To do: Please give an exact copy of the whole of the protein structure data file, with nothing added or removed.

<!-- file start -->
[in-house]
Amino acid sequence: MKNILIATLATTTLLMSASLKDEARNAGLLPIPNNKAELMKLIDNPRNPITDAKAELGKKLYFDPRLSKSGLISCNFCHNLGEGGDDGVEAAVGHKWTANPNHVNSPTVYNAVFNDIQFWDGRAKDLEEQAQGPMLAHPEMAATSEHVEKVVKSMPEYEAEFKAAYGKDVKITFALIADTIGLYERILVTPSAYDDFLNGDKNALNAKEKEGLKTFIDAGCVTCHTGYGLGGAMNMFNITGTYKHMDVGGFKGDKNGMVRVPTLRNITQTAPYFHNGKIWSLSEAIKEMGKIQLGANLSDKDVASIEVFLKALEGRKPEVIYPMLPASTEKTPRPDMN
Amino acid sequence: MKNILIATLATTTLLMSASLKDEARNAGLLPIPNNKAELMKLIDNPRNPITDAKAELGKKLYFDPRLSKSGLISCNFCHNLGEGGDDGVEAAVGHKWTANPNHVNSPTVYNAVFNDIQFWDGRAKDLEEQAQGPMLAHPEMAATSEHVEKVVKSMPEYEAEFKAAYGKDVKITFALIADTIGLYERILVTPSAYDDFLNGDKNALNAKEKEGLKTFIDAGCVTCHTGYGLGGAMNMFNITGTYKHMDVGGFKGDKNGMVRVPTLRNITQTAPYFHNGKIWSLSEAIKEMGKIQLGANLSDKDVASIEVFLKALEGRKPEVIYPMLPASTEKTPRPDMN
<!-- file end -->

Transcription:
[in-house]
Amino acid sequence: MKNILIATLATTTLLMSASLKDEARNAGLLPIPNNKAELMKLIDNPRNPITDAKAELGKKLYFDPRLSKSGLISCNFCHNLGEGGDDGVEAAVGHKWTANPNHVNSPTVYNAVFNDIQFWDGRAKDLEEQAQGPMLAHPEMAATSEHVEKVVKSMPEYEAEFKAAYGKDVKITFALIADTIGLYERILVTPSAYDDFLNGDKNALNAKEKEGLKTFIDAGCVTCHTGYGLGGAMNMFNITGTYKHMDVGGFKGDKNGMVRVPTLRNITQTAPYFHNGKIWSLSEAIKEMGKIQLGANLSDKDVASIEVFLKALEGRKPEVIYPMLPASTEKTPRPDMN
Amino acid sequence: MKNILIATLATTTLLMSASLKDEARNAGLLPIPNNKAELMKLIDNPRNPITDAKAELGKKLYFDPRLSKSGLISCNFCHNLGEGGDDGVEAAVGHKWTANPNHVNSPTVYNAVFNDIQFWDGRAKDLEEQAQGPMLAHPEMAATSEHVEKVVKSMPEYEAEFKAAYGKDVKITFALIADTIGLYERILVTPSAYDDFLNGDKNALNAKEKEGLKTFIDAGCVTCHTGYGLGGAMNMFNITGTYKHMDVGGFKGDKNGMVRVPTLRNITQTAPYFHNGKIWSLSEAIKEMGKIQLGANLSDKDVASIEVFLKALEGRKPEVIYPMLPASTEKTPRPDMN